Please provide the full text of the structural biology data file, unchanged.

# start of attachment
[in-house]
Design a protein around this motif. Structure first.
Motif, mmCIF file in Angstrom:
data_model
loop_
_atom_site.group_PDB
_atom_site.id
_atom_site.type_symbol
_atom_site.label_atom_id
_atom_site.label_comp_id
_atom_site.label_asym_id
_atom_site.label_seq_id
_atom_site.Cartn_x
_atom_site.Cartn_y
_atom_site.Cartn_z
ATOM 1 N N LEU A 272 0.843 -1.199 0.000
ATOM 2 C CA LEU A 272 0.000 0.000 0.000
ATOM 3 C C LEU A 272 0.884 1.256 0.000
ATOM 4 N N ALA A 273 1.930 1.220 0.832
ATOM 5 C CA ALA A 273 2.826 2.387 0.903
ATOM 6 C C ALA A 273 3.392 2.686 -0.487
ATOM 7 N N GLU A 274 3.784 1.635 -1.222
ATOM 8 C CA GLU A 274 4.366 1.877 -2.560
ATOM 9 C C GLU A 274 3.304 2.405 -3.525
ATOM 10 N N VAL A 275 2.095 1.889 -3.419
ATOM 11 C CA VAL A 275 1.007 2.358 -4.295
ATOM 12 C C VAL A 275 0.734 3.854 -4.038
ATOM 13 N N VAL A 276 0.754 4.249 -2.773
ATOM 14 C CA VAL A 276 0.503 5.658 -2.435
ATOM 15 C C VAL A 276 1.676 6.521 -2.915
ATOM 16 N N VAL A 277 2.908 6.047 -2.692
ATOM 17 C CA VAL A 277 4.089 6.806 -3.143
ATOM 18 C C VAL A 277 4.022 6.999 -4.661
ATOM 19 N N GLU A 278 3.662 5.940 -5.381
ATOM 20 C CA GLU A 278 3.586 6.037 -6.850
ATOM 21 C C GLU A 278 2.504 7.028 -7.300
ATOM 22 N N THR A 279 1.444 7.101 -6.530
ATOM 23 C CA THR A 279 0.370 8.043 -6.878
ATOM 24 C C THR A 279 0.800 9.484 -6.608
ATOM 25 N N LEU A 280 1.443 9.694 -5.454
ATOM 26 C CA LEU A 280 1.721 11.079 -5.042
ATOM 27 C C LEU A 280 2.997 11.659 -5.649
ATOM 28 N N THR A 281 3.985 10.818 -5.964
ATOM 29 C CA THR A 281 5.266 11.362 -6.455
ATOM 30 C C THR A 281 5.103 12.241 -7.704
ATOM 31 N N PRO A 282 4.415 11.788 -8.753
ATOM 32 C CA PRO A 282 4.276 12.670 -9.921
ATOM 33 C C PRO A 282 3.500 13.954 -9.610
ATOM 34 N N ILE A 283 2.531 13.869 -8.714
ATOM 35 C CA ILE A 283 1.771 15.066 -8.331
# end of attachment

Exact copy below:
[in-house]
Design a protein around this motif. Structure first.
Motif, mmCIF file in Angstrom:
data_model
loop_
_atom_site.group_PDB
_atom_site.id
_atom_site.type_symbol
_atom_site.label_atom_id
_atom_site.label_comp_id
_atom_site.label_asym_id
_atom_site.label_seq_id
_atom_site.Cartn_x
_atom_site.Cartn_y
_atom_site.Cartn_z
ATOM 1 N N LEU A 272 0.843 -1.199 0.000
ATOM 2 C CA LEU A 272 0.000 0.000 0.000
ATOM 3 C C LEU A 272 0.884 1.256 0.000
ATOM 4 N N ALA A 273 1.930 1.220 0.832
ATOM 5 C CA ALA A 273 2.826 2.387 0.903
ATOM 6 C C ALA A 273 3.392 2.686 -0.487
ATOM 7 N N GLU A 274 3.784 1.635 -1.222
ATOM 8 C CA GLU A 274 4.366 1.877 -2.560
ATOM 9 C C GLU A 274 3.304 2.405 -3.525
ATOM 10 N N VAL A 275 2.095 1.889 -3.419
ATOM 11 C CA VAL A 275 1.007 2.358 -4.295
ATOM 12 C C VAL A 275 0.734 3.854 -4.038
ATOM 13 N N VAL A 276 0.754 4.249 -2.773
ATOM 14 C CA VAL A 276 0.503 5.658 -2.435
ATOM 15 C C VAL A 276 1.676 6.521 -2.915
ATOM 16 N N VAL A 277 2.908 6.047 -2.692
ATOM 17 C CA VAL A 277 4.089 6.806 -3.143
ATOM 18 C C VAL A 277 4.022 6.999 -4.661
ATOM 19 N N GLU A 278 3.662 5.940 -5.381
ATOM 20 C CA GLU A 278 3.586 6.037 -6.850
ATOM 21 C C GLU A 278 2.504 7.028 -7.300
ATOM 22 N N THR A 279 1.444 7.101 -6.530
ATOM 23 C CA THR A 279 0.370 8.043 -6.878
ATOM 24 C C THR A 279 0.800 9.484 -6.608
ATOM 25 N N LEU A 280 1.443 9.694 -5.454
ATOM 26 C CA LEU A 280 1.721 11.079 -5.042
ATOM 27 C C LEU A 280 2.997 11.659 -5.649
ATOM 28 N N THR A 281 3.985 10.818 -5.964
ATOM 29 C CA THR A 281 5.266 11.362 -6.455
ATOM 30 C C THR A 281 5.103 12.241 -7.704
ATOM 31 N N PRO A 282 4.415 11.788 -8.753
ATOM 32 C CA PRO A 282 4.276 12.670 -9.921
ATOM 33 C C PRO A 282 3.500 13.954 -9.610
ATOM 34 N N ILE A 283 2.531 13.869 -8.714
ATOM 35 C CA ILE A 283 1.771 15.066 -8.331